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Yankees top prospect Gleyber Torres leaves game with elbow injury

Gleyber Torres (81) of the Yankees at bat

Gleyber Torres (81) of the Yankees at bat during the spring training game between the New York Yankees and the Detroit Tigers on March 17, 2017 at Joker Marchant Stadium in Lakeland, Florida. Credit: AP / Cliff Welch

OAKLAND, Calif. — Could the news get any worse for the Yankees on this trip?


As the Yankees were in the late innings of a 5-2 loss to the A’s Saturday afternoon, the organization’s top prospect, Gleyber Torres, playing with Triple-A Scranton/Wilkes-Barre, left the RailRiders’ game in Buffalo after suffering a hyper-extended left elbow on a play at the plate in the top of the fourth inning.

Torres, who started the game at second base, did not come out on defense in the bottom half of the fourth, replaced by Donovan Solano.

The 20-year-old Torres, 1-for-2 with a double in the game, was hitting .309 with Scranton since his promotion there last month.

There was no further word Saturday night on his prognosis, though the Yankees said X-rays taken on Torres’ elbow came back negative and that he would be evaluated Monday in Scranton.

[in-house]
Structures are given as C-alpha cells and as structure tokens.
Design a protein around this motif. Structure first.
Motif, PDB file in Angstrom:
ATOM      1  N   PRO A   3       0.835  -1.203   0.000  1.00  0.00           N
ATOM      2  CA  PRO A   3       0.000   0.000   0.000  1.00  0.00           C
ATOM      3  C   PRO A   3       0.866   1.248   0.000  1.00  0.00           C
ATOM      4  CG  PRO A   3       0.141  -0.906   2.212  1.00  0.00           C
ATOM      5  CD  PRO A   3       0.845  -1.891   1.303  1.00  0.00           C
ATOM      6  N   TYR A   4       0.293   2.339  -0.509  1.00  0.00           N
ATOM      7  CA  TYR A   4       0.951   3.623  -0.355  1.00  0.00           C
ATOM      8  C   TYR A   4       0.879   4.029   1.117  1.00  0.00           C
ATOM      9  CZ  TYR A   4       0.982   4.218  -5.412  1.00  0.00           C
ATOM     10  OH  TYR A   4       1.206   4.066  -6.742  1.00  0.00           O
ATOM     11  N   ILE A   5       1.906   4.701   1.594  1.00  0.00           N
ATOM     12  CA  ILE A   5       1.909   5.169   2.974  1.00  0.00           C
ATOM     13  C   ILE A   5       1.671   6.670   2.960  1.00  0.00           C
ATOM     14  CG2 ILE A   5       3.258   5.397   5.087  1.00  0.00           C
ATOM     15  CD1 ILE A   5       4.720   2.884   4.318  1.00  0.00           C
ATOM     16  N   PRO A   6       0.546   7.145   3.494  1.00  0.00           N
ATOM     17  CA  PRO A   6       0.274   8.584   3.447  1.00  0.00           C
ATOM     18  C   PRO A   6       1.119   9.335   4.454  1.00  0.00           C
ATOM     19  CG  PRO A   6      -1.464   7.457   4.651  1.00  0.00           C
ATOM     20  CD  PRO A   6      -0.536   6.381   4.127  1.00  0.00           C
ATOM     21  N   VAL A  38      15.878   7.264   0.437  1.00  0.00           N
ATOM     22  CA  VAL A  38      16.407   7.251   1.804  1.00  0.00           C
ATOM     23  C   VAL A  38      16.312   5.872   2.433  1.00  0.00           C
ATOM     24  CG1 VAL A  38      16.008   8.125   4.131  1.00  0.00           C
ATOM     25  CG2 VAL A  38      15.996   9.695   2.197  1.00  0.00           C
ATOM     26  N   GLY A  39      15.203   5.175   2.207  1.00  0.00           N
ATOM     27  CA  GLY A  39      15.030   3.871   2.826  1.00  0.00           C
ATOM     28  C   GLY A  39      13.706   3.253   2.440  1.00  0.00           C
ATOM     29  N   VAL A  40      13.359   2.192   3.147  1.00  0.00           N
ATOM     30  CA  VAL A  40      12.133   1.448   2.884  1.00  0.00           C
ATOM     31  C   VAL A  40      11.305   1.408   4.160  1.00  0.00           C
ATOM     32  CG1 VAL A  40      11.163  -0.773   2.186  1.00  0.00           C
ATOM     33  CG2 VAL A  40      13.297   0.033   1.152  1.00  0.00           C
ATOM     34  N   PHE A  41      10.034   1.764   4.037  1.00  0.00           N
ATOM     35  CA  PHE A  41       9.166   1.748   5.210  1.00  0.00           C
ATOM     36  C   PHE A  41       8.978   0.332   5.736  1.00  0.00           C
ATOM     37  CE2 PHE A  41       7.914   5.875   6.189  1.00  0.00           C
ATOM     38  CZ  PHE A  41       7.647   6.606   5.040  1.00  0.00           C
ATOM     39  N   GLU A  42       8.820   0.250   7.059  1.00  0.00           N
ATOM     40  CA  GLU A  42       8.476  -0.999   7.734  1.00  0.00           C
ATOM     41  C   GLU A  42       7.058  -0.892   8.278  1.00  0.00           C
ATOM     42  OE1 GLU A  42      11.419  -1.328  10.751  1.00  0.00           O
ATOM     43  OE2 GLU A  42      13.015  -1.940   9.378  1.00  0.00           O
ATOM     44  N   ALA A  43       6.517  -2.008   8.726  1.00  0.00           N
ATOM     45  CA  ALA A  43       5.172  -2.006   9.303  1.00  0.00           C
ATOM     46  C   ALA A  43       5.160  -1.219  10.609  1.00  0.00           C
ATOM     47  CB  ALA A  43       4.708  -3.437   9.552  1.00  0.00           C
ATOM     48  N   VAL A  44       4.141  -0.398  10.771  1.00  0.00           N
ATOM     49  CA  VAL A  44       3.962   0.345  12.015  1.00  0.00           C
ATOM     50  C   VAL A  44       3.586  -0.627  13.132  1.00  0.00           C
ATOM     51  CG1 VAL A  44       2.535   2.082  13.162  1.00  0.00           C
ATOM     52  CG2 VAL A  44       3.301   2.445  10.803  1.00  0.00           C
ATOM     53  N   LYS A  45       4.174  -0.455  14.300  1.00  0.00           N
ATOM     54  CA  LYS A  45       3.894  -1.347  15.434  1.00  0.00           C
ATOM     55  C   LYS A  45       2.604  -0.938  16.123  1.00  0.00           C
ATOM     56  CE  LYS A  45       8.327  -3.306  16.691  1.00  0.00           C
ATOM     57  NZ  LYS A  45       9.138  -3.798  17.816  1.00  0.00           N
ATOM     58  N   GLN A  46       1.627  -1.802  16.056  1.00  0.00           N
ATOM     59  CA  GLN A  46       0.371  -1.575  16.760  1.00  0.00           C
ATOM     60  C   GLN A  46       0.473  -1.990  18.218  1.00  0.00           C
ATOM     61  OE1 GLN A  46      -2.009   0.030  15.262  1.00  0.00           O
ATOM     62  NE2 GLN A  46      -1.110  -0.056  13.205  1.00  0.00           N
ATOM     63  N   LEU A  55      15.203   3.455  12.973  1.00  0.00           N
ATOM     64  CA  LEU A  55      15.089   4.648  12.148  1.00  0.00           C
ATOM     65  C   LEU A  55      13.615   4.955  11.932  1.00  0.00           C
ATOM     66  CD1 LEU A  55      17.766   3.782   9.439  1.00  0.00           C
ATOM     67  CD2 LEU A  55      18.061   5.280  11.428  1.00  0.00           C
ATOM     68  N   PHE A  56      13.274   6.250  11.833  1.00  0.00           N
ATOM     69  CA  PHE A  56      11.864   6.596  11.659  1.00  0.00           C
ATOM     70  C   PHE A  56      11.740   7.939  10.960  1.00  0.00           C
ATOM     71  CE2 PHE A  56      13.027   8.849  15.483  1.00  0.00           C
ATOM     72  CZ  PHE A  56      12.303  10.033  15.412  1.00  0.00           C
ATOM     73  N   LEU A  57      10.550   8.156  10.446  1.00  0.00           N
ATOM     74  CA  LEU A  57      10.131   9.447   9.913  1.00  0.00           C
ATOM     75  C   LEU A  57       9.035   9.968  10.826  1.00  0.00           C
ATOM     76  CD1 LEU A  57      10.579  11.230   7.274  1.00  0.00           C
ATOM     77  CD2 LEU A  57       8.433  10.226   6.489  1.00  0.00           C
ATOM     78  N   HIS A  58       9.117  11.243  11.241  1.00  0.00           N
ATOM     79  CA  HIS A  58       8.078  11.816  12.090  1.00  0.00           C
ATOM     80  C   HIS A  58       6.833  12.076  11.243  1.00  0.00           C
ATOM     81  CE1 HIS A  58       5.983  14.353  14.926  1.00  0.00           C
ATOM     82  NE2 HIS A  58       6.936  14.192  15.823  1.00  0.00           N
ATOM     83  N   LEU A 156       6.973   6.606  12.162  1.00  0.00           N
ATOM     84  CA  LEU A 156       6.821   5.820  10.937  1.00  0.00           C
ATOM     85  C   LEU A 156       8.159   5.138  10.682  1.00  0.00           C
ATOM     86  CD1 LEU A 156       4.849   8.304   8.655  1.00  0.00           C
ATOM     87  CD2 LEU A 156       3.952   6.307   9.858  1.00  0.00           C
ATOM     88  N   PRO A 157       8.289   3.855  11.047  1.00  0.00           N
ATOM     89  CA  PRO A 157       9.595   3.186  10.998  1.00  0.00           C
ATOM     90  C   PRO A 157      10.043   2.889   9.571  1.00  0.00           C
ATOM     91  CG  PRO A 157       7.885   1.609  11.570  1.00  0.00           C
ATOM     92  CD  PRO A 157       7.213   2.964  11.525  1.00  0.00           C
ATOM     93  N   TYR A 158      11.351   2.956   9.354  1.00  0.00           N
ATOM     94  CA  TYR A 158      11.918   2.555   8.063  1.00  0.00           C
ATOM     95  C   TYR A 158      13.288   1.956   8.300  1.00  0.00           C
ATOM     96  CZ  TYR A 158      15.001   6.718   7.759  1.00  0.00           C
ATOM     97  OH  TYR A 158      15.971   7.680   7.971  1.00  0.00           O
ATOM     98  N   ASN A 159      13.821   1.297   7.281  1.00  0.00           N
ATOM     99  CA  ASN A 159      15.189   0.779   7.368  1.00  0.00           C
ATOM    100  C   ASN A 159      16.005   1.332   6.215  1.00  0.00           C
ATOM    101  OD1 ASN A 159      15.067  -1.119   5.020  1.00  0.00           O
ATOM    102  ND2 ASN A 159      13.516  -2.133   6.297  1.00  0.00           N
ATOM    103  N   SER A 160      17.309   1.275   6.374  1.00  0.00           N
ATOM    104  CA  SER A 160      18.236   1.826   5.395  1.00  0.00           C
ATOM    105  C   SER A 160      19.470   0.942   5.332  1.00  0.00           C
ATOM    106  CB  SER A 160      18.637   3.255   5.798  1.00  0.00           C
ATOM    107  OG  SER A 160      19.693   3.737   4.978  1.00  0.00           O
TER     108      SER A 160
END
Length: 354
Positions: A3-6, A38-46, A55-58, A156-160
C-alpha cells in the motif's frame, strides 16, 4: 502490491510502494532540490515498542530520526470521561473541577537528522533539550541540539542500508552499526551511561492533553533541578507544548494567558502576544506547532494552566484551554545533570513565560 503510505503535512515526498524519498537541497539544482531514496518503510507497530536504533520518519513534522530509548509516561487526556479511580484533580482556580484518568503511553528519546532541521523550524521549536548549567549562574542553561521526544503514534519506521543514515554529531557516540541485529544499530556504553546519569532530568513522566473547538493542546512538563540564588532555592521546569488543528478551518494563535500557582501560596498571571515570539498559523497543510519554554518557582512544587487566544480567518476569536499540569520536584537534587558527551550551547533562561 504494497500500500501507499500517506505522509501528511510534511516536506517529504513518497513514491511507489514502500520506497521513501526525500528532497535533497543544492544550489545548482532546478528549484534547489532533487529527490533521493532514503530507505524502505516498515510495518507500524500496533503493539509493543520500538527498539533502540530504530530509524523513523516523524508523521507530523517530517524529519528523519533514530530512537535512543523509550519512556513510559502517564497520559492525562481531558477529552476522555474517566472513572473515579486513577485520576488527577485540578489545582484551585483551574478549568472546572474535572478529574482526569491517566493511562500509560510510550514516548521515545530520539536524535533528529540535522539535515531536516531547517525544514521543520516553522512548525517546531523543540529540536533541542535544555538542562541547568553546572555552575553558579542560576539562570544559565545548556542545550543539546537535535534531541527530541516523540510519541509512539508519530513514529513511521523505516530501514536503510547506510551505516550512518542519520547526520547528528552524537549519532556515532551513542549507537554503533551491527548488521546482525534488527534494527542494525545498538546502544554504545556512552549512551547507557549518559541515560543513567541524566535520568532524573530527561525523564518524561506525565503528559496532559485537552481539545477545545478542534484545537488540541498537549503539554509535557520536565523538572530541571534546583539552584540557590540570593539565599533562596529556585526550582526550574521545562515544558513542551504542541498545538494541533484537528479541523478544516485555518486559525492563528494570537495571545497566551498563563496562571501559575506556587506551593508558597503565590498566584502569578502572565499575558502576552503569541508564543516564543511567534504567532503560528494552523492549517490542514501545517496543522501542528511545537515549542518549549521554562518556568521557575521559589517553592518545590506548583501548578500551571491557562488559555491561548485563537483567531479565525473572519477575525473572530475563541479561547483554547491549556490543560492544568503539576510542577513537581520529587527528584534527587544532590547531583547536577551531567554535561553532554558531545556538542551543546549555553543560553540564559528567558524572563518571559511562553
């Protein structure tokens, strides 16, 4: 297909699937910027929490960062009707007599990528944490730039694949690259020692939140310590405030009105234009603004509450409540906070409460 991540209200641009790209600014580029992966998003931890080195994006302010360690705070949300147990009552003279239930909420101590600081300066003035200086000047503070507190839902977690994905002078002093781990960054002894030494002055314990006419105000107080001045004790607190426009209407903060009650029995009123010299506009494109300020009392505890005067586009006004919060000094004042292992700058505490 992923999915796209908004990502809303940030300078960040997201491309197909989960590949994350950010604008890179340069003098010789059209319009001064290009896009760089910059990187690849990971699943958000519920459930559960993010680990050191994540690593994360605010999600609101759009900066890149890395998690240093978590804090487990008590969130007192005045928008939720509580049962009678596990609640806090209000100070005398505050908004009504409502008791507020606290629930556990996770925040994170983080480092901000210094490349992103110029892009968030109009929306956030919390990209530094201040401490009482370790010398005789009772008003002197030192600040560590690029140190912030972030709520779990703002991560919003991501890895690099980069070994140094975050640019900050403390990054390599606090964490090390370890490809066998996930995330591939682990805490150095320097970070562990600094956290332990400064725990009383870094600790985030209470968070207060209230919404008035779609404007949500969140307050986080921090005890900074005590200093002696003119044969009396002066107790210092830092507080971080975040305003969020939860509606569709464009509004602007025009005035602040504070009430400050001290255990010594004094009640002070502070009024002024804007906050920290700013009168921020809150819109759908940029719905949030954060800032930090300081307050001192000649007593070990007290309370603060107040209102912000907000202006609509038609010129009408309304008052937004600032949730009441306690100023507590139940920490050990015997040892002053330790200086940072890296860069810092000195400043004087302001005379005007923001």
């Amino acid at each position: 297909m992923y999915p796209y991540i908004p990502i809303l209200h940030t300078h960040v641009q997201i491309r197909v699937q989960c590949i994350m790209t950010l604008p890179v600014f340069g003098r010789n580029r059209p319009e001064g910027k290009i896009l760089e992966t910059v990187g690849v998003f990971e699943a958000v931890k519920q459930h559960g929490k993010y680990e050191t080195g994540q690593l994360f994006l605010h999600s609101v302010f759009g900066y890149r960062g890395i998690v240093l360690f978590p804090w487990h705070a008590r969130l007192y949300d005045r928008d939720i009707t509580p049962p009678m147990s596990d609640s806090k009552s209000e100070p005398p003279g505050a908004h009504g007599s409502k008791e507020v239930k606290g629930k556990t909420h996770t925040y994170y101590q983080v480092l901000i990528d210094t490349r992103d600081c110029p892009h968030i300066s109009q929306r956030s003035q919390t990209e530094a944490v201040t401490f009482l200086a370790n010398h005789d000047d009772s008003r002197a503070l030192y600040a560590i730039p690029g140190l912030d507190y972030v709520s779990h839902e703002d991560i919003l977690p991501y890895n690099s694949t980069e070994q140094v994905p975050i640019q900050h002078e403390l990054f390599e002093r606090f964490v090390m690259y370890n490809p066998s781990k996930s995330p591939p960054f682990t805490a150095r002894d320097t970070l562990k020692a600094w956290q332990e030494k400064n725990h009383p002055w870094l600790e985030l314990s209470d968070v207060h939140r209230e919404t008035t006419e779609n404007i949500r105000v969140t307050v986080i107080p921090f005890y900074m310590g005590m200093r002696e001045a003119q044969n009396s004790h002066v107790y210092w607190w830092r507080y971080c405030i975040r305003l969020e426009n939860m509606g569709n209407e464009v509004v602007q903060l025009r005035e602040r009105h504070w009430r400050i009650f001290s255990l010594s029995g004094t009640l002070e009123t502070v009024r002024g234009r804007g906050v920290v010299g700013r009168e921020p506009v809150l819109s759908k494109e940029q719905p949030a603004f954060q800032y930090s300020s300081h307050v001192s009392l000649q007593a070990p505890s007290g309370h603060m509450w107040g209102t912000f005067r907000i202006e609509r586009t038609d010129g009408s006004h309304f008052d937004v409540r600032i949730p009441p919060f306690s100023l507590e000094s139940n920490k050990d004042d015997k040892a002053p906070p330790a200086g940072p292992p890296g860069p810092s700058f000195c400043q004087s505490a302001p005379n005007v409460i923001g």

Video from the game showed Torres diving in head-first and being tagged out on his left arm as he reached for the plate, immediately grabbing at his elbow.

“Looked like he was in serious pain on the field but seemed responsive to trainers’ tests in the dugout,” said one opposing team talent evaluator in attendance.

Going into Saturday Torres was slashing .304/.404/.443 with two homers, three doubles and a triple and 16 RBIs in 22 games with Scranton.

As was the case with Double-A Trenton, Torres is rotating between second, third and short. His rotation schedule with Scranton has been three straight games at third, three straight and short, and two in a row at second.

The righty-hitting prospect started slowly after his May 21 promotion to Scranton but, counting Saturday, was 15 for his last 39 (.385).

“He’s shown good plate discipline, not chasing,” said another opposing team scout, who has watched Torres recently with Scranton. “Driving the ball to both gaps. Recognizing breaking balls. Defense, for me, has been good at second and short.”

Torres, who spent time on the seven-day DL in April while with Trenton because of rotator cuff tendinitis, has been in the spotlight since the spring when he produced a .448/.469/.931 slash line in 19 games before being sent to minor-league camp.

Torres played 32 total games for Trenton and had a .296/.374/.580 slash line in 21 games after returning from the injury, hitting all five of his home runs and driving in 16 runs, enough for the Yankees to determine he was ready for the next step of his development.

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